What do I do when I have bad blocks on my hard drive?

With SCSI drives, the drive should be capable of re-mapping these automatically. However, many drives are shipped with this feature disabled, for some mysterious reason...

To enable this, you will need to edit the first device page mode, which can be done on FreeBSD by giving the command (as root)

    # scsi -f /dev/rsd0c -m 1 -e -P 3

and changing the values of AWRE and ARRE from 0 to 1:-

    AWRE (Auto Write Reallocation Enbld):  1
    ARRE (Auto Read Reallocation Enbld):  1

The following paragraphs were submitted by Ted Mittelstaedt :

For IDE drives, any bad block is usually a sign of potential trouble. All modern IDE drives come with internal bad-block remapping turned on. All IDE hard drive manufacturers today offer extensive warranties and will replace drives with bad blocks on them.

If you still want to attempt to rescue an IDE drive with bad blocks, you can attempt to download the IDE drive manufacturer's IDE diagnostic program, and run this against the drive. Sometimes these programs can be set to force the drive electronics to rescan the drive for bad blocks and lock them out.

For ESDI, RLL and MFM drives, bad blocks are a normal part of the drive and are no sign of trouble, generally. With a PC, the disk drive controller card and BIOS handle the task of locking out bad sectors. This is fine for operating systems like DOS that use BIOS code to access the disk. However, FreeBSD's disk driver does not go through BIOS, therefore a mechanism, bad144, exists that replaces this functionality. bad144 only works with the wd driver (which means it is not supported in FreeBSD 4.0), it is NOT able to be used with SCSI. bad144 works by entering all bad sectors found into a special file.

One caveat with bad144 - the bad block special file is placed on the last track of the disk. As this file may possibly contain a listing for a bad sector that would occur near the beginning of the disk, where the /kernel file might be located, it therefore must be accessible to the bootstrap program that uses BIOS calls to read the kernel file. This means that the disk with bad144 used on it must not exceed 1024 cylinders, 16 heads, and 63 sectors. This places an effective limit of 500MB on a disk that is mapped with bad144.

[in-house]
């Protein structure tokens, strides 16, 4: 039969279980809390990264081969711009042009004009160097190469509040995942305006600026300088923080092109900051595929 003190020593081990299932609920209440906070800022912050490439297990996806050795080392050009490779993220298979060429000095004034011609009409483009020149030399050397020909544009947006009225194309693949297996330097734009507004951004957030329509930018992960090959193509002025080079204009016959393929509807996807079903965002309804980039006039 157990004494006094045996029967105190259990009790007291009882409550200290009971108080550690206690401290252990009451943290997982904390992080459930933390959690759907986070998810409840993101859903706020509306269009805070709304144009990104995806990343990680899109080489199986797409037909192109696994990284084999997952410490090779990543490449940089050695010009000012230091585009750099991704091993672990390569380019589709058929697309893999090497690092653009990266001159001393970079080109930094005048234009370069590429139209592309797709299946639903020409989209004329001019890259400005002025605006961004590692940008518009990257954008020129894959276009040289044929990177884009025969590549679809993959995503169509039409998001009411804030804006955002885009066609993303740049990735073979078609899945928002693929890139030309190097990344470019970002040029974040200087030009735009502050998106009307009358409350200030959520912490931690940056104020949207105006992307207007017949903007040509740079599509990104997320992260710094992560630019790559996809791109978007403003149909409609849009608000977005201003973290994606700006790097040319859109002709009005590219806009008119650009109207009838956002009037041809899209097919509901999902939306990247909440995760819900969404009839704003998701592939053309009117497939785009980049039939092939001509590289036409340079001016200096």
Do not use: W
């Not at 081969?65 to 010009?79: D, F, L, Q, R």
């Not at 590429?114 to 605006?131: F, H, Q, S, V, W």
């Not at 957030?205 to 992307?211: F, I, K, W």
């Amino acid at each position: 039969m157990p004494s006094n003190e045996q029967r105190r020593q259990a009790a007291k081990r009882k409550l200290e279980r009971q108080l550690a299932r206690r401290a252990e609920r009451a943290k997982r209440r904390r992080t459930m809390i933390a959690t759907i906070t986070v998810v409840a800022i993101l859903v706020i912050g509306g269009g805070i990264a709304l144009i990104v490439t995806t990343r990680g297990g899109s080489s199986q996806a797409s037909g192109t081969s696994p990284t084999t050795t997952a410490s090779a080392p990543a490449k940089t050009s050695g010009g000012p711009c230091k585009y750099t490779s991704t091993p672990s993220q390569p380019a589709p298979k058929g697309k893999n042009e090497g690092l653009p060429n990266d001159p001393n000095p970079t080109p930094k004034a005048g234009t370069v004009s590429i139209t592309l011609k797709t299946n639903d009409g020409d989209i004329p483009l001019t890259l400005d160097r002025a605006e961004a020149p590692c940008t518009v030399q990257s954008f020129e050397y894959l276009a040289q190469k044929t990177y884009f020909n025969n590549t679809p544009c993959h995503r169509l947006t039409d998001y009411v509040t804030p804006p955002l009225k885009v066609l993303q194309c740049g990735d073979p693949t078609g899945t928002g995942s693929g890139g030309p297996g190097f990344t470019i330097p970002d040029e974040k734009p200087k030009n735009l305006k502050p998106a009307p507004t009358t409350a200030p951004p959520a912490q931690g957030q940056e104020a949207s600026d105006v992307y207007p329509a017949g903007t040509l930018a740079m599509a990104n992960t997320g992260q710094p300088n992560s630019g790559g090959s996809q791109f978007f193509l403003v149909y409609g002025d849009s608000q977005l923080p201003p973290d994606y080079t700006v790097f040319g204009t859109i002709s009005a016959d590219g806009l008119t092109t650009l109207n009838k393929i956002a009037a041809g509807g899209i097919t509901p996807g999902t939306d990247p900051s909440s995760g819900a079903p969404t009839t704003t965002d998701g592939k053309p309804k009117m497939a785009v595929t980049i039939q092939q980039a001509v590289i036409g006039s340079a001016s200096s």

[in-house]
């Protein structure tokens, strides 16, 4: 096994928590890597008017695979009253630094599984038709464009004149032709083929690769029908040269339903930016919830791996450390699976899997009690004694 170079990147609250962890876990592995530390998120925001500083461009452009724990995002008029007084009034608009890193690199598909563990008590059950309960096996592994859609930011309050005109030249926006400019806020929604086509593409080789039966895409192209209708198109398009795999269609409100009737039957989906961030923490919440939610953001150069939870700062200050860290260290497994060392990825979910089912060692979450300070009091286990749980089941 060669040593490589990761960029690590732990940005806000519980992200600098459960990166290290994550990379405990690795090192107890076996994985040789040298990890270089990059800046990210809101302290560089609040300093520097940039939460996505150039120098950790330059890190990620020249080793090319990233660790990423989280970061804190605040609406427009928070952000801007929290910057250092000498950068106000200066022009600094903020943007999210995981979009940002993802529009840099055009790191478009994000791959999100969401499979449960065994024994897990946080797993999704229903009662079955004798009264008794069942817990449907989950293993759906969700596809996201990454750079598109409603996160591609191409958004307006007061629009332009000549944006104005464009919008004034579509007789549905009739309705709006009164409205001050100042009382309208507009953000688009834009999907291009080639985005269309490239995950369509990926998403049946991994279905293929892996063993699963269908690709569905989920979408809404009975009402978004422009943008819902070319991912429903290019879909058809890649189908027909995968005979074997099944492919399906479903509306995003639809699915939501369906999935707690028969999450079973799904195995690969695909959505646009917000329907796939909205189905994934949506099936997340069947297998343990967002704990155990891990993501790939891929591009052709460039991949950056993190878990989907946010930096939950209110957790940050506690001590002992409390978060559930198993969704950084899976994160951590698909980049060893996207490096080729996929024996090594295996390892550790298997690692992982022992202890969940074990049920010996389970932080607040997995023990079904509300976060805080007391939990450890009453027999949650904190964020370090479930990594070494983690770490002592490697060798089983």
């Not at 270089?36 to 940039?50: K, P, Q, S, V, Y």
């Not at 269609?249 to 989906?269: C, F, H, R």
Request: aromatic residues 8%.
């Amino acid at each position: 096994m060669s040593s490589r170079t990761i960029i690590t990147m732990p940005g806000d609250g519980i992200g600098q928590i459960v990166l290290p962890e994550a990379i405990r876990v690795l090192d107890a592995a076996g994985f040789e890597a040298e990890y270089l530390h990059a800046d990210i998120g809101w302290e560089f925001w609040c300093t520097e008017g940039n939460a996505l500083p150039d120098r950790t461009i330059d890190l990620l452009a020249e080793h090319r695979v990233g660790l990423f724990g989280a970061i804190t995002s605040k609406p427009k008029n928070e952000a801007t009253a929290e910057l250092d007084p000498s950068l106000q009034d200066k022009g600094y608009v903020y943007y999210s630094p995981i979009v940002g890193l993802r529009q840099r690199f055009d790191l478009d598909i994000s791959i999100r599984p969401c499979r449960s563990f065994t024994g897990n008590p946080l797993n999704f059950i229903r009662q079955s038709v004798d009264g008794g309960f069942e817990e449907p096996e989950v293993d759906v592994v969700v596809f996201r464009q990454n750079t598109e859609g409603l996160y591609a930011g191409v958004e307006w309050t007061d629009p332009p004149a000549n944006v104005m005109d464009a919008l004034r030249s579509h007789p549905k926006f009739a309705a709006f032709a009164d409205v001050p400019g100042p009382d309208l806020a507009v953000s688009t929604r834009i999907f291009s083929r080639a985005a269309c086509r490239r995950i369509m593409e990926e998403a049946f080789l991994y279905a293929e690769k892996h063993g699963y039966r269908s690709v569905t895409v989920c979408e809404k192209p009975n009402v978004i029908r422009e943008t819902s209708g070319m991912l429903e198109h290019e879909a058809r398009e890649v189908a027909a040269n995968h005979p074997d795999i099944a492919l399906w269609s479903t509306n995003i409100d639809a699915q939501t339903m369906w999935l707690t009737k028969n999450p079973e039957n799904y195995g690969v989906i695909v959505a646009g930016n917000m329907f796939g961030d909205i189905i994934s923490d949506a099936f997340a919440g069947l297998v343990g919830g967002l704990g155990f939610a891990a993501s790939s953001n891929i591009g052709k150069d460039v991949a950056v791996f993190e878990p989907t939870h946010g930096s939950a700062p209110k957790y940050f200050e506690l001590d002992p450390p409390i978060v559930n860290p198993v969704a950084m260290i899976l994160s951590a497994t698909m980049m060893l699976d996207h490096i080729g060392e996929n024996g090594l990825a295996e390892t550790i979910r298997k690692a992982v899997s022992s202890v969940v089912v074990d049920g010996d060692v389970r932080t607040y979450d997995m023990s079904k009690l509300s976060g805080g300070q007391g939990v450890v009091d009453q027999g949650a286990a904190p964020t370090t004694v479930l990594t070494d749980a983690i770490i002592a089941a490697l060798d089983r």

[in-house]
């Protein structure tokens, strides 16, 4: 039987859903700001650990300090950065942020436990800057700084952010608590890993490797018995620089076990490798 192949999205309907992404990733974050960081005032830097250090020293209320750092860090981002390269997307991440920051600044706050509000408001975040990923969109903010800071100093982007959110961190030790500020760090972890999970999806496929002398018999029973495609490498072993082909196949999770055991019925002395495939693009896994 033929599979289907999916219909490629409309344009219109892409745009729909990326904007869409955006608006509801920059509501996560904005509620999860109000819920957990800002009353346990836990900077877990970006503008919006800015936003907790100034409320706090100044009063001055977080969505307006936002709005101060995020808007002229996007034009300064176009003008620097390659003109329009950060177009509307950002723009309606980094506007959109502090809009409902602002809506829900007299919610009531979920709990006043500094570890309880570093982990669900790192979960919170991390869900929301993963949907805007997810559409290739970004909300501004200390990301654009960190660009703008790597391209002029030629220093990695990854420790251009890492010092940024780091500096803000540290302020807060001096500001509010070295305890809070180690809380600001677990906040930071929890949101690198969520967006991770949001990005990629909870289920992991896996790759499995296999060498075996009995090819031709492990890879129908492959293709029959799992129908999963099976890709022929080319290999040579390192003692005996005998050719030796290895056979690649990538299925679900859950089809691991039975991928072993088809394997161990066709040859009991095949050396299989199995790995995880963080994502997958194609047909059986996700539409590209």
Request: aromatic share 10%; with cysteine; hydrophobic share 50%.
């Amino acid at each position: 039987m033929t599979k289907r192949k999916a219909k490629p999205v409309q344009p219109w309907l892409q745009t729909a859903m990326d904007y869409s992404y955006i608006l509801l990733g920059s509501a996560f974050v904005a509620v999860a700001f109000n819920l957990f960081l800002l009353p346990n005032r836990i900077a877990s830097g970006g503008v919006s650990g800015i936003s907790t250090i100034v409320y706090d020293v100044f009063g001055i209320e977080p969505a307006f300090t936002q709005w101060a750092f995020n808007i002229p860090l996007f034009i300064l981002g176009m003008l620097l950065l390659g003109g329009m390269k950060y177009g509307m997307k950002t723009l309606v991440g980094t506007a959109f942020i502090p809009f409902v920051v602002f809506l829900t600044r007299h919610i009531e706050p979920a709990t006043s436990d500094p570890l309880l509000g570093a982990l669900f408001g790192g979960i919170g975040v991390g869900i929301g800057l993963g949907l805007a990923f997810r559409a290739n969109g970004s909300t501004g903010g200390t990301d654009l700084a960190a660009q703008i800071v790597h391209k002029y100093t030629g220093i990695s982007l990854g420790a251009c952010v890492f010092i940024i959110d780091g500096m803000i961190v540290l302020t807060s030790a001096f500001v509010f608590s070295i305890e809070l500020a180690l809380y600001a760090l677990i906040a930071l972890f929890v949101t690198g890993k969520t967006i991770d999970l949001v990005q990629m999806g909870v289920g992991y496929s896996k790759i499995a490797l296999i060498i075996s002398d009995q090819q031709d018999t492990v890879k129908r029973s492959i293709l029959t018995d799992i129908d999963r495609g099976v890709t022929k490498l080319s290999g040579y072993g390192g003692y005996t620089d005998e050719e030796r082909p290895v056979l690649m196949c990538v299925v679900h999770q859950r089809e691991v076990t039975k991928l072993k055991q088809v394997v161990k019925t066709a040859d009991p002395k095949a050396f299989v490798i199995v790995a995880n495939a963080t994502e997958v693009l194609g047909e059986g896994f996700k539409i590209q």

To use bad144, simply set the ``Bad Block'' scanning to ON in the FreeBSD fdisk screen during the initial install. This works up through FreeBSD 2.2.7. The disk must have less than 1024 cylinders. It is generally recommended that the disk drive has been in operation for at least 4 hours prior to this to allow for thermal expansion and track wandering.

If the disk has more than 1024 cylinders (such as a large ESDI drive) the ESDI controller uses a special translation mode to make it work under DOS. The wd driver understands about these translation modes, IF you enter the ``translated'' geometry with the ``set geometry'' command in fdisk. You must also NOT use the ``dangerously dedicated'' mode of creating the FreeBSD partition, as this ignores the geometry. Also, even though fdisk will use your overridden geometry, it still knows the true size of the disk, and will attempt to create a too large FreeBSD partition. If the disk geometry is changed to the translated geometry, the partition MUST be manually created with the number of blocks.

A quick trick to use is to set up the large ESDI disk with the ESDI controller, boot it with a DOS disk and format it with a DOS partition. Then, boot the FreeBSD install and in the fdisk screen, read off and write down the blocksize and block numbers for the DOS partition. Then, reset the geometry to the same that DOS uses, delete the DOS partition, and create a ``cooperative'' FreeBSD partition using the blocksize you recorded earlier. Then, set the partition bootable and turn on bad block scanning. During the actual install, bad144 will run first, before any filesystems are created (you can view this with an Alt+F2). If it has any trouble creating the badsector file, you have set too large a disk geometry - reboot the system and start all over again (including repartitioning and reformatting with DOS).

If remapping is enabled and you are seeing bad blocks, consider replacing the drive. The bad blocks will only get worse as time goes on.



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